Tesla Model 3 Ramp Continues – Musk Survives as Chairman
Ah yes, it's Tesla (NASDAQ:TSLA) time again! The story of the day is actually a weaving together of several items. Foremost among them that at the Tesla annual shareholders meeting, Musk indicated that the company is well on its way to the magical number of producing 5,000 Model 3's per week, currently running at about 3,500. This of course is the number which has long eluded Tesla and the company sees as crucial to hitting profitability, something which needs to happen sooner rather than later given the bonds it has coming due later this year and next year if indeed it wishes to avoid a cash raise as Elon Musk suggests.
But that's not all, there are of course still concerns, brought to light recently by Business Insider (here) which allege major lapses in the production of the Model 3 with significant cash being burnt on parts which are not fit for use and scrapped, parts which are not fit for use making it into cars themselves and also the genealogy of parts being compromised. For those unaware, cars typically have components tracked throughout the production cycle and tagged so that in the event of a problem down the line it simplifies the process of identifying affected cars which may need to be recalled.
There's still more to talk about! It wouldn't be Tesla without drama and the major twist here is that there was an attempt at the shareholder meeting to separate the roles of Chairman and CEO, which Musk survived.
Tesla Corporate Governance - The Independence Question
It's a long running saga in the US. Corporate governance codes in many countries effectively preclude the ability of the CEO to also double as the Chair of the board in a significant sized company. The objective of course is to promote a degree of circular accountability which exists in most avenues of life. Boards are supposed to represent the interests of shareholders and hold executive management to account. That can be difficult to do if the person you are meant to hold to account is, well yourself. Other conflicts of interest are also created in the awarding of executive pay packages and compensation usually being set at the board level. Some jurisdictions dictate that the Audit Committee cannot include executives of the firm and must be made up entirely of independent non-executive directors but of course a board committee usually reports to... you guessed it, the Chair!
So the concept of circular accountability can (but not necessarily is) be lacking in some companies where a single person shares both roles, as is the case with Tesla. Many high profile people hold both positions, perhaps none more interestingly than Mark Zuckerberg who is both the Chair and CEO of Facebook (NASDAQ:FB) who despite giving up a lot of stock in his company, effectively retains total control via some financial engineering that gave others a piece of the pie, but not control in the form of voting rights, basically meaning that the only way he gets removed is if he himself decides to step down.
Well Tesla shareholders backed Elon Musk to remain in situ as Chair. To a certain extent, these kinds of suggestions are often made for form, rather than substance. Shareholders are in all likelihood at this stage, as invested in Elon Musk personally as they are in Tesla the company. A damaging split at this stage between board and management would risk everything and it's clear that Tesla has a hit on its hands with the Model 3 (about half a million orders with effectively free loans amounting to almost half a billion dollars from the deposits paid), but an engineering problem associated with building enough of them fast enough. A production line throughput problem isn't really the kind of thing that a new Chair is likely to substantially contribute to resolving.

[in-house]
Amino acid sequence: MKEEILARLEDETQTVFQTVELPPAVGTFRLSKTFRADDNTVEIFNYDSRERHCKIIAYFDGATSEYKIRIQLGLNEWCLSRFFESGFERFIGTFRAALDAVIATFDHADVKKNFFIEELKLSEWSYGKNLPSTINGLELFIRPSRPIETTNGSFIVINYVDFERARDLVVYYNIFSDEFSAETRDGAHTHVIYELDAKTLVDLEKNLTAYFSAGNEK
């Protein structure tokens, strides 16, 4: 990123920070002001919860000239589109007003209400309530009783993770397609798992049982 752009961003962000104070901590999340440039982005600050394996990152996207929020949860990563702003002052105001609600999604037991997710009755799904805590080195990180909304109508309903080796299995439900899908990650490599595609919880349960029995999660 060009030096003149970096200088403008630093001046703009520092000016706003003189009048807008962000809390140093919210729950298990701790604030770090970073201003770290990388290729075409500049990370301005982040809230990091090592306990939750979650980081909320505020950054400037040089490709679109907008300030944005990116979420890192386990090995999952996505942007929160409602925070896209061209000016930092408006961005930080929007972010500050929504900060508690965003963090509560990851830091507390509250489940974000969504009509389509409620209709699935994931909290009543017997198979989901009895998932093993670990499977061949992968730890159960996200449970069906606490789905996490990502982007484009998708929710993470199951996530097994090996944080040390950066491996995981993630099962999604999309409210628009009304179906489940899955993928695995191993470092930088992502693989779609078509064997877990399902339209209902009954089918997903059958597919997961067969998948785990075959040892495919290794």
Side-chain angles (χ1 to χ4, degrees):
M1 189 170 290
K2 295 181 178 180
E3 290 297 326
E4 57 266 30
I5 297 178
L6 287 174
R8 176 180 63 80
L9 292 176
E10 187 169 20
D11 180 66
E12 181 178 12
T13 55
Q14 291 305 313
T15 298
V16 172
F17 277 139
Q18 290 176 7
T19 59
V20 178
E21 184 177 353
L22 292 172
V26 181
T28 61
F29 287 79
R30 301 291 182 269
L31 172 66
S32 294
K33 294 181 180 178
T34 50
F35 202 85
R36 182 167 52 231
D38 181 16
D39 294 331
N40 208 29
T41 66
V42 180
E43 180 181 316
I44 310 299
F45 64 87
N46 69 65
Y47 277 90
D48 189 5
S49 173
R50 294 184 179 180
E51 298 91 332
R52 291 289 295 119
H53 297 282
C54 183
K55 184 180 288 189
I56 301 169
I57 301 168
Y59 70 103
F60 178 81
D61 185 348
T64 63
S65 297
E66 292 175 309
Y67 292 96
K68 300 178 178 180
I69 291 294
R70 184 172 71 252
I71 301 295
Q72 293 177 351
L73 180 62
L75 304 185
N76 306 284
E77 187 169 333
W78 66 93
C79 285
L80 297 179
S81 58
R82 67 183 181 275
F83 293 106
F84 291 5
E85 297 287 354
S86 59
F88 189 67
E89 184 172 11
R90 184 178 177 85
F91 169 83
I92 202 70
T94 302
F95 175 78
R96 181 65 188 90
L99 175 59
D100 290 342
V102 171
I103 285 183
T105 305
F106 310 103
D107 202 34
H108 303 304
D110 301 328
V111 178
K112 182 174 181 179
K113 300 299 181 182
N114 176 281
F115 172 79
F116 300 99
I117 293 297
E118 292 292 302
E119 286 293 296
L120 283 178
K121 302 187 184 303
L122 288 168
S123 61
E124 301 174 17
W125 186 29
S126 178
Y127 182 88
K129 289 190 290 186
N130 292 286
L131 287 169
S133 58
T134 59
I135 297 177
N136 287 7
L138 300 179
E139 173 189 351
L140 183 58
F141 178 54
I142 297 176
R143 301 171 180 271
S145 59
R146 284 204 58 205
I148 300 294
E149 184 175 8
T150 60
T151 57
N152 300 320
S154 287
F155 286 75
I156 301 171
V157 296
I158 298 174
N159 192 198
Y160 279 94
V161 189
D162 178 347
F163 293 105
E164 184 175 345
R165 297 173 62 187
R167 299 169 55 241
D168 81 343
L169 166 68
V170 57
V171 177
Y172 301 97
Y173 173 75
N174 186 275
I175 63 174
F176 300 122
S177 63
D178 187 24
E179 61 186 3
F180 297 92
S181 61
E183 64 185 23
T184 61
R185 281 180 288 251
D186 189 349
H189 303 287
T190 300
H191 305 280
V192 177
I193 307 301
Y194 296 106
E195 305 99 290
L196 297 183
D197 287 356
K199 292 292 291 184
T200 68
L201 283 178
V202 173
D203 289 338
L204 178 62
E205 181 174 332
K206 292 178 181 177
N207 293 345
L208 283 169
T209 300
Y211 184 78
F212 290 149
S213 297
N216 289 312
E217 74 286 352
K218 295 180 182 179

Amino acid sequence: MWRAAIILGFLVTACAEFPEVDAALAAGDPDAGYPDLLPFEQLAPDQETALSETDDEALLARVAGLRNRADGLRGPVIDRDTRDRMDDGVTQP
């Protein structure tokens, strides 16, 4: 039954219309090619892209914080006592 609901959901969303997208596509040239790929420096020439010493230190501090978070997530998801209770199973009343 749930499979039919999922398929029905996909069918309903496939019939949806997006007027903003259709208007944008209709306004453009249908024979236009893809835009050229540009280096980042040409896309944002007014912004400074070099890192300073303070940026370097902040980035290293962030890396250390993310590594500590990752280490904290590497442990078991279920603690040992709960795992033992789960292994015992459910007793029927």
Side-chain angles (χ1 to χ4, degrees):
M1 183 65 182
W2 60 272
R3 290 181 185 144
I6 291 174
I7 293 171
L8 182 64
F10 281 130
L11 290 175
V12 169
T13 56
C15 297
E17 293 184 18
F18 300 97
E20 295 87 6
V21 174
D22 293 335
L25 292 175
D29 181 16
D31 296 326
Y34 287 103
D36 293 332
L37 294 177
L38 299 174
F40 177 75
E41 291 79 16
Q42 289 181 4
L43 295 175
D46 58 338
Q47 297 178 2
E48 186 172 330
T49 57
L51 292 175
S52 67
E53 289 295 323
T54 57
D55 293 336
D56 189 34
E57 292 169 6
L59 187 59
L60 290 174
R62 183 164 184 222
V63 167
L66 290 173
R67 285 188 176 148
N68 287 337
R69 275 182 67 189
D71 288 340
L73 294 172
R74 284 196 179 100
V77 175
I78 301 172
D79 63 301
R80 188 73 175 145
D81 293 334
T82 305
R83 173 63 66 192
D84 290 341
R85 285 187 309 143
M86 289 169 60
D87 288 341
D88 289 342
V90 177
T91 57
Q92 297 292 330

Wrapping Up - Tesla Stock Sees Huge Gains
The final note here is that investors like what they're seeing. The stock is up almost 10% today and has largely shrugged off the possibility of bad news associated with high cash burn rates and possible genealogy issues as part of the Model 3 ramp up and something to be worried about down the line if there does actually turn out to be an issue. What matters for now is that Tesla is close to hitting its target production numbers (finally!) for the Model 3 and it does begin to feel like the corner is being turned. This could finally be the turnaround in the stock which has taken a bit of a beating this year.
Other news from the shareholder meeting included confirmation of a Gigafactory in China which would ease the tariffs imposed on foreign automakers for Tesla, something which seems closer to reality now that restrictions on foreign ownership have been eased in the country. It could point to a positive picture, although there are still those who think that profitability may be achieved again through the sale of Zero Emission Vehicle credits to other auto makers who don't have enough. Some estimates put the numbers as high as Tesla earning a billion dollars from the sale of these credits. This is fine for short term cashflow but what the company really needs is sustainable profitability and growth. Will this be enough for it to grow its way to profitability with Model 3 production? Only time will tell, but with the company well on the way, happy(ish) shareholders and a consolidated Chair/CEO position secure for now, all that remains is for Elon to execute on his vision.